Underground stems are modified plant structures that derive from stem tissue but exist under the soil surface. Plants have two axes of growth, which can be best seen from seed germination and growth. Seedlings develop two structures or axes of growth, one that develops upward out of the soil, called stems, and structures that develop downward which are called roots. The roots are modified to have root hairs and branch indiscriminately with cells that take in water and nutrients, while the stems are modified to move water and nutrients to and from the leaves and flowers. Stems have nodes with buds where leaves and flowers arise at specific locations, while roots do not. Plants use under ground stems to multiply their numbers by asexual reproduction and to survive from one year to the next, usually over a period of dormancy. Plants produce these modified stems so they can survive a cold or dry period which normally is a period of inactive growth, and when the cold or dry period is over the plants begin new growth from the underground stems. Being underground protects the stems from the elements during the dormancy period, such as freezing and thawing in winter or extreme heat and drought in summer or fire. They can also protect plants from heavy grazing pressure from animals, the plant might be eaten to the ground but new growth can occur from below ground that can not be reached by the herbivores. A number of weedy species use underground stems to spread and colonize large areas since the stems do not have to be supported or strong, less energy and resources are needed to produce these stems, often these weeds have more mass under ground than above ground.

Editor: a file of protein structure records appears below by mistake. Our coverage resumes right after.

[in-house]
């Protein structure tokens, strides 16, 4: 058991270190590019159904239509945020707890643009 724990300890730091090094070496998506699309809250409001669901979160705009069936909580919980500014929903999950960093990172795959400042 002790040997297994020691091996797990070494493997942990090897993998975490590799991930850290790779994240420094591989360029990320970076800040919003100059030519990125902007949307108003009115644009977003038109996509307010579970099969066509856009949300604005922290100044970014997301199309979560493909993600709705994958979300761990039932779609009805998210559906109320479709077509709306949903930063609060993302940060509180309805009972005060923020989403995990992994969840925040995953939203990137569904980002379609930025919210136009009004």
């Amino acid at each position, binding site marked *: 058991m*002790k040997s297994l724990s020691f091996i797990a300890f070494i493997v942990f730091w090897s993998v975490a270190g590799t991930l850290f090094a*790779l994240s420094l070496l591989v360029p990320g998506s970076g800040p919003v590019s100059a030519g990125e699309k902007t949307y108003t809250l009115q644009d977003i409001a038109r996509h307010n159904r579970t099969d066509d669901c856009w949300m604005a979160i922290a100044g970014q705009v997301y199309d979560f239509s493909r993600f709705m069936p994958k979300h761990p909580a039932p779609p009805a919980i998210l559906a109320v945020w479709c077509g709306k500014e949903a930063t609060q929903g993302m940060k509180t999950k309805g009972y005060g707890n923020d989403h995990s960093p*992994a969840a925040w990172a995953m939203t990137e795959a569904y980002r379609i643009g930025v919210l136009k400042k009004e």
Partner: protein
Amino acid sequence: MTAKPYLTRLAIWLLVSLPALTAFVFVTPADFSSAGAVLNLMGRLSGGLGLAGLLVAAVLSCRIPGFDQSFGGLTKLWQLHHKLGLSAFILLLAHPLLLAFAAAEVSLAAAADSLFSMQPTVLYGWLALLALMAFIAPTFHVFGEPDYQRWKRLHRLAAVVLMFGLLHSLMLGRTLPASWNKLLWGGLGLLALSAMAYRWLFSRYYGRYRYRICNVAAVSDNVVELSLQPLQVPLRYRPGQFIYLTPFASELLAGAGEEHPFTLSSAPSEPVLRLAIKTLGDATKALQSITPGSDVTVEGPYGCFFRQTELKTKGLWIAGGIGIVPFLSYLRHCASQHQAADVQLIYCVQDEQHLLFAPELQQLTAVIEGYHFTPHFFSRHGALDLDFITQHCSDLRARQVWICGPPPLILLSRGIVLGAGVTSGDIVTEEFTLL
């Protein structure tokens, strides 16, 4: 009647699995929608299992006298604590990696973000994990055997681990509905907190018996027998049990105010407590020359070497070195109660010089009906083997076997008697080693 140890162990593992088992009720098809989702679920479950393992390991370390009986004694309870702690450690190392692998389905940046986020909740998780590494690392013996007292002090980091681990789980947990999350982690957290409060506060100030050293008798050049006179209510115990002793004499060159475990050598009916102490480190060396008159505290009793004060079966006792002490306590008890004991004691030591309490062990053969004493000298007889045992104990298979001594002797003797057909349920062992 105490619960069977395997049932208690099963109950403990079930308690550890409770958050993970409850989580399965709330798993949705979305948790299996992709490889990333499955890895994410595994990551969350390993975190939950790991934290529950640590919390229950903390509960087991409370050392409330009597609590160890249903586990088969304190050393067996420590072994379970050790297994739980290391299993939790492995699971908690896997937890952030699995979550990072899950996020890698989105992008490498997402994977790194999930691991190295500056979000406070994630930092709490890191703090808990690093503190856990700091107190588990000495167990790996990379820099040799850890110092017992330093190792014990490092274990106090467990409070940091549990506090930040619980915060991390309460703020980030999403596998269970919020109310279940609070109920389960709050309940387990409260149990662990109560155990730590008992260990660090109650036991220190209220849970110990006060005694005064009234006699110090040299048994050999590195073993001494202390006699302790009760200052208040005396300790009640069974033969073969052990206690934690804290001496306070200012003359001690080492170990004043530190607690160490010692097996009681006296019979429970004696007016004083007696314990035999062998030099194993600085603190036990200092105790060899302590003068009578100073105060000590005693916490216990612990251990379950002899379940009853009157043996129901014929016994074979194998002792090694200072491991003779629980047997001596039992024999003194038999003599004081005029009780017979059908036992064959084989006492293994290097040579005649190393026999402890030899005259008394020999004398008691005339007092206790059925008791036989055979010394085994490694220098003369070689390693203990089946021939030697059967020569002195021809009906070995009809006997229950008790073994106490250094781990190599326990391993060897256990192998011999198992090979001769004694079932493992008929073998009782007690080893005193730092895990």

A number of underground stems are consumed by people including; onion, potato, ginger, yam and taro.